Human Resource Management Master's Degree
Earning a master's degree in human resource management could prepare you for supervisory positions in office and resource administration. Read about what types of classes you could complete and the various jobs related to this field. Schools offering Human Resource Management degrees can also be found in these popular choices.
What Can I Expect from a Master's Degree Program in Human Resource Management?
Schools offer master's degree programs in human resources under a number of titles, such as employment relations and human resource development. These programs can typically be completed in 2-3 years. Coursework can include training in business, accounting, leadership and finance in addition to human resource and office management. The following are examples of classes you might take:
- Organizational behavior
- Management psychology
- Employee compensation
- Business law
- Labor relations strategies
- Resource development
- Staffing methods
- Economics and accounting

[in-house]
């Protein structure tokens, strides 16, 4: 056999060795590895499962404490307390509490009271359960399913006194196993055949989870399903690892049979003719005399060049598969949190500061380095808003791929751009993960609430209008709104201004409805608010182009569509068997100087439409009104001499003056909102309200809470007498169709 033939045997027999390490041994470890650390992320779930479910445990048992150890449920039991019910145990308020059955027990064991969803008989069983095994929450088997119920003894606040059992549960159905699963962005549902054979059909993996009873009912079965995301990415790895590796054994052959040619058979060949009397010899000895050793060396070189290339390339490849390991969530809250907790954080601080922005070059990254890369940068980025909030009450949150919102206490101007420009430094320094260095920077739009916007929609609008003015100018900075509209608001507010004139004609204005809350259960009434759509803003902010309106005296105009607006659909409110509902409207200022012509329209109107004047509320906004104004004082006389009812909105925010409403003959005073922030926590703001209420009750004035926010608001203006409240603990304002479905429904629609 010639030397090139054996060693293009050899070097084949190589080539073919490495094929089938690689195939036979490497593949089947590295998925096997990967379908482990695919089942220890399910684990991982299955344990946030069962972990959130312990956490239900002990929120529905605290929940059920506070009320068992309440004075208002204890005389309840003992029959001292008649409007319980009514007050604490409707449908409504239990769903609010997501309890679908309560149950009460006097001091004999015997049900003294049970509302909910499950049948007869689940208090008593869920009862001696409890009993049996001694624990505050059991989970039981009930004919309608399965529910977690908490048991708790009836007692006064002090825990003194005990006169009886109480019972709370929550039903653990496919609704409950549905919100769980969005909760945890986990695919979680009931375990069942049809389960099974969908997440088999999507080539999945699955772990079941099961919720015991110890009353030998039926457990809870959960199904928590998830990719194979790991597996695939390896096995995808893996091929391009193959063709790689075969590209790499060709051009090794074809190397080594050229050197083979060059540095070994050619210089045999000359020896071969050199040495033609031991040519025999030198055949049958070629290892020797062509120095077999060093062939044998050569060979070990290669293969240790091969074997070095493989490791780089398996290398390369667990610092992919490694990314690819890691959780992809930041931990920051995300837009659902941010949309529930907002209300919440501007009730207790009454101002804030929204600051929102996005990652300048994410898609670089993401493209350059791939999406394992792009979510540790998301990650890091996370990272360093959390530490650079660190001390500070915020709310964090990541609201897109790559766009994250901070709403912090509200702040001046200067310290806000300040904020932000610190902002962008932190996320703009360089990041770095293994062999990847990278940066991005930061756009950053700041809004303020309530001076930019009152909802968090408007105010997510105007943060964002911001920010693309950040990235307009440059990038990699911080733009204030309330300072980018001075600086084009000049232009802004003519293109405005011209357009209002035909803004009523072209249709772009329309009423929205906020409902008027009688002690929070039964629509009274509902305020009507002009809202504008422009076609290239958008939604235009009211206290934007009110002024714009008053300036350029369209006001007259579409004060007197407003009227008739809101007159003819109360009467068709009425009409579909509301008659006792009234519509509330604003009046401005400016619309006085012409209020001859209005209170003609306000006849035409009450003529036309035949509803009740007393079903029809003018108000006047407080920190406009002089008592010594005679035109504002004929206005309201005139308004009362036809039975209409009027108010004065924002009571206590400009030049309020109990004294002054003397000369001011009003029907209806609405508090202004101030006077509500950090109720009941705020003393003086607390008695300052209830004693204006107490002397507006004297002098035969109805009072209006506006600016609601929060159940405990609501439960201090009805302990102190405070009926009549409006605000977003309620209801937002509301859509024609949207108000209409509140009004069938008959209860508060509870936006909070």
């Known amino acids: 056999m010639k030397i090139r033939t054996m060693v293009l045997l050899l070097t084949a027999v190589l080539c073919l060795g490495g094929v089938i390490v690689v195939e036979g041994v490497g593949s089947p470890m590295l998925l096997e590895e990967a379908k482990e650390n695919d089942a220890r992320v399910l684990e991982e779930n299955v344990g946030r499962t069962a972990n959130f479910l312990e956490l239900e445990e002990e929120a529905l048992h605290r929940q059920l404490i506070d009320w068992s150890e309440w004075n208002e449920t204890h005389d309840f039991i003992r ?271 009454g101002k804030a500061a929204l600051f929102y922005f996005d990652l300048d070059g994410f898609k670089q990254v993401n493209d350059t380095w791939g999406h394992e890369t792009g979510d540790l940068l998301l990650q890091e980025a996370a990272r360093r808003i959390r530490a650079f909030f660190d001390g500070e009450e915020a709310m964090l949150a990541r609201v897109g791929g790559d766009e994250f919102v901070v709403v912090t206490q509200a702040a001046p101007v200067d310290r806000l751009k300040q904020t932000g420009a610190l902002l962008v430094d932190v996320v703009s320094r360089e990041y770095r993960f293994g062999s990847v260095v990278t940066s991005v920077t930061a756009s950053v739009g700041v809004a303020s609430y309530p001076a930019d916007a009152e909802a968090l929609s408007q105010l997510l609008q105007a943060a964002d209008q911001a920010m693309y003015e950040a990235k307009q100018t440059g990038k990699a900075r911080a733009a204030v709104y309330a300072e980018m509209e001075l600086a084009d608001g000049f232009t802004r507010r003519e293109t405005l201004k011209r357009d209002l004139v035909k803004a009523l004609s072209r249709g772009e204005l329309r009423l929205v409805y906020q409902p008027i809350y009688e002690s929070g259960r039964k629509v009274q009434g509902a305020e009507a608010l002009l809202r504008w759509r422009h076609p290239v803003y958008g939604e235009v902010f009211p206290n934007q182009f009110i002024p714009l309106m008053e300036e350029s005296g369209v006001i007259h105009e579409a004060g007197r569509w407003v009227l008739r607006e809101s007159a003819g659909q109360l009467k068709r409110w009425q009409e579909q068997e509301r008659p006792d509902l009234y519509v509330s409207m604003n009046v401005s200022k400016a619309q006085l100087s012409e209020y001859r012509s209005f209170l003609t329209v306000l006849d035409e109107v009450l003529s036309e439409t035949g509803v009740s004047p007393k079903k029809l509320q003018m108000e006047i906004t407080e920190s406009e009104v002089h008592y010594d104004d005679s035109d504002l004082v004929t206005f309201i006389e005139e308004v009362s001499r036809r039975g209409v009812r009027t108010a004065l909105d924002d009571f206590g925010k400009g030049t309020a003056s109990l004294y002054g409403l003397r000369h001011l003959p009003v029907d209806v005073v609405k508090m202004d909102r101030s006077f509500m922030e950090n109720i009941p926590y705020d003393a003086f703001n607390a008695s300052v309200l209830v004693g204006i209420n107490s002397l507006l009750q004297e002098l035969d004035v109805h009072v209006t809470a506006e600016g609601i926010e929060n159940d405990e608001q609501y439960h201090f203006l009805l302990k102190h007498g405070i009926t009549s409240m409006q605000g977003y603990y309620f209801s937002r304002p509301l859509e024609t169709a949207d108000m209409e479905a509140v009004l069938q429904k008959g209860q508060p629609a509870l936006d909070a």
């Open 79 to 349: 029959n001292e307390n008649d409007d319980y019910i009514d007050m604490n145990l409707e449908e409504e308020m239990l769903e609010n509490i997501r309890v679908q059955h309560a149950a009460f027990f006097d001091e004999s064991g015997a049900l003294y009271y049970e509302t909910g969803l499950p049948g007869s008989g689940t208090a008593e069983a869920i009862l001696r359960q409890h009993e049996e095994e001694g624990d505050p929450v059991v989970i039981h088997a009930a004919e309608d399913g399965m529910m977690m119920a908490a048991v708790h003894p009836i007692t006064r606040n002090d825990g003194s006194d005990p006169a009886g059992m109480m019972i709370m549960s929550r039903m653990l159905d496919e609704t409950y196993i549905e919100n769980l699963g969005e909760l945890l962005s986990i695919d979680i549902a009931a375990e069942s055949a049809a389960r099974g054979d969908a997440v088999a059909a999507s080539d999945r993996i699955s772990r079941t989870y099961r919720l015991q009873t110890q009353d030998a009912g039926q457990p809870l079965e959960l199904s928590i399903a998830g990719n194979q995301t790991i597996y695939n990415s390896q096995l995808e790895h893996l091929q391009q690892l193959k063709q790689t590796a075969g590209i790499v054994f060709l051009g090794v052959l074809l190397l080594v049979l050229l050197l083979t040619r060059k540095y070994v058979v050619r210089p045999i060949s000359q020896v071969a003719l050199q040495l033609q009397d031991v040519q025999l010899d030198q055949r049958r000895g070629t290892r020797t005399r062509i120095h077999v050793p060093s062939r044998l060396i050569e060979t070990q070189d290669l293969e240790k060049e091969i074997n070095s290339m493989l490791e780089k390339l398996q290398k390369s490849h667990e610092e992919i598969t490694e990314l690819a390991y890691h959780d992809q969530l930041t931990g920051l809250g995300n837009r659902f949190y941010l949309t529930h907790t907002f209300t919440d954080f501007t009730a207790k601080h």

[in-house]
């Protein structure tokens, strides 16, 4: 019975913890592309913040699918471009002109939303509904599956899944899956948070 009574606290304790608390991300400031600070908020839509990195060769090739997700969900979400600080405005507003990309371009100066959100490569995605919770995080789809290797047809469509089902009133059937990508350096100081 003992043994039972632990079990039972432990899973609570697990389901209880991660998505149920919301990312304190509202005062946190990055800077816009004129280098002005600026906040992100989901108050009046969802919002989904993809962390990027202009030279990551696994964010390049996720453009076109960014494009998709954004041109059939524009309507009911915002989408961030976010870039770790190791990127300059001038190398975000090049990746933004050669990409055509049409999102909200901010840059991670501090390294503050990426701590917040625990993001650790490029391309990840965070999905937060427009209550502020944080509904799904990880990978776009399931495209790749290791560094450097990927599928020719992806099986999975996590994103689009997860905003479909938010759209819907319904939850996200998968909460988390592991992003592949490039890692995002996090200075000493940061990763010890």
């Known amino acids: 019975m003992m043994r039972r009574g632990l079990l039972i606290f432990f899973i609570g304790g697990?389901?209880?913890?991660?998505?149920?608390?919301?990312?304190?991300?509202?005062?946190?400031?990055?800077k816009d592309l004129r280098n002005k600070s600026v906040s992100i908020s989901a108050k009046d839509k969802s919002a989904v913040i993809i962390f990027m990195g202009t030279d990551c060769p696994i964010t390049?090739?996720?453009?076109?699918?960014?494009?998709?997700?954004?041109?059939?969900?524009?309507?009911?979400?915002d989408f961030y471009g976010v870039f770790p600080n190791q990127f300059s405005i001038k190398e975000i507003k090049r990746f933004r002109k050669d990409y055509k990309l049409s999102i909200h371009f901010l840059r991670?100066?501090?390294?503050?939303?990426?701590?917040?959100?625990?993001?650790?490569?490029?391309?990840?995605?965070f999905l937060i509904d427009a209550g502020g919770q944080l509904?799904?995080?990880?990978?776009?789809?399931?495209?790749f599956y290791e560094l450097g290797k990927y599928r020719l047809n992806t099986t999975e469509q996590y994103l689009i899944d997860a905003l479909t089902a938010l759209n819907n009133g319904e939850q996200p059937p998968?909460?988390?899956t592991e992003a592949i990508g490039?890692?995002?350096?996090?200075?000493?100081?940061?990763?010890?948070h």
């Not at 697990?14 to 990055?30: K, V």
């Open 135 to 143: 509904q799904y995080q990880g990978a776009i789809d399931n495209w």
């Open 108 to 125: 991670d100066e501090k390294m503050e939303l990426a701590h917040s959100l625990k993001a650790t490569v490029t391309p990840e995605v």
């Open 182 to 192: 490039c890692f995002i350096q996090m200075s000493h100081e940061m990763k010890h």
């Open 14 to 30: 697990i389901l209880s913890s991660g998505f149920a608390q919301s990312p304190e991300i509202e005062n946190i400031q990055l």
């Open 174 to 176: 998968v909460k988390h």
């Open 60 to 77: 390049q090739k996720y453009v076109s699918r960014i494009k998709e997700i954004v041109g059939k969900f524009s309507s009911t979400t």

How Can I Prepare for the Program?
To enroll in a master's degree program in human resource management, you'll need to earn a bachelor's degree. Though specific majors might not be required, some relevant options include business administration, economics, accounting, communications or finance. Many schools require you to achieve at least a minimum score on the Graduate Record Exam (GRE) and submit letters of recommendation.
Can I Earn My Degree Online?
Several schools offer master's degree programs fully and partially online. You can find programs that allow you to complete your coursework and testing through the Internet and participate in an optional internship at a local business. Many programs assume that you have a background in human resources either through academic training or on-the-job experience. In addition to online learning, you might also find schools that offer distance education at other schools or campuses and evening course options.
What Types of Jobs Can I Pursue?
You could work as a recruitment specialist, interviewing, evaluating and canvassing for job candidates. You might consider working as a compensation specialist, allowing you to research pay scales and determine employee salary, benefit and retirement packages. In a supportive role, you could become an employee assistance plan manager, overseeing employee wellness and helping workers achieve a good work-life balance. You might choose to specialize in labor relations, serving as a liaison between collective labor organizations and executive boards. Other opportunities include training coordinator, general manager, merger specialist or occupational analyst.
To continue researching, browse degree options below for course curriculum, prerequisites and financial aid information. Or, learn more about the subject by reading the related articles below: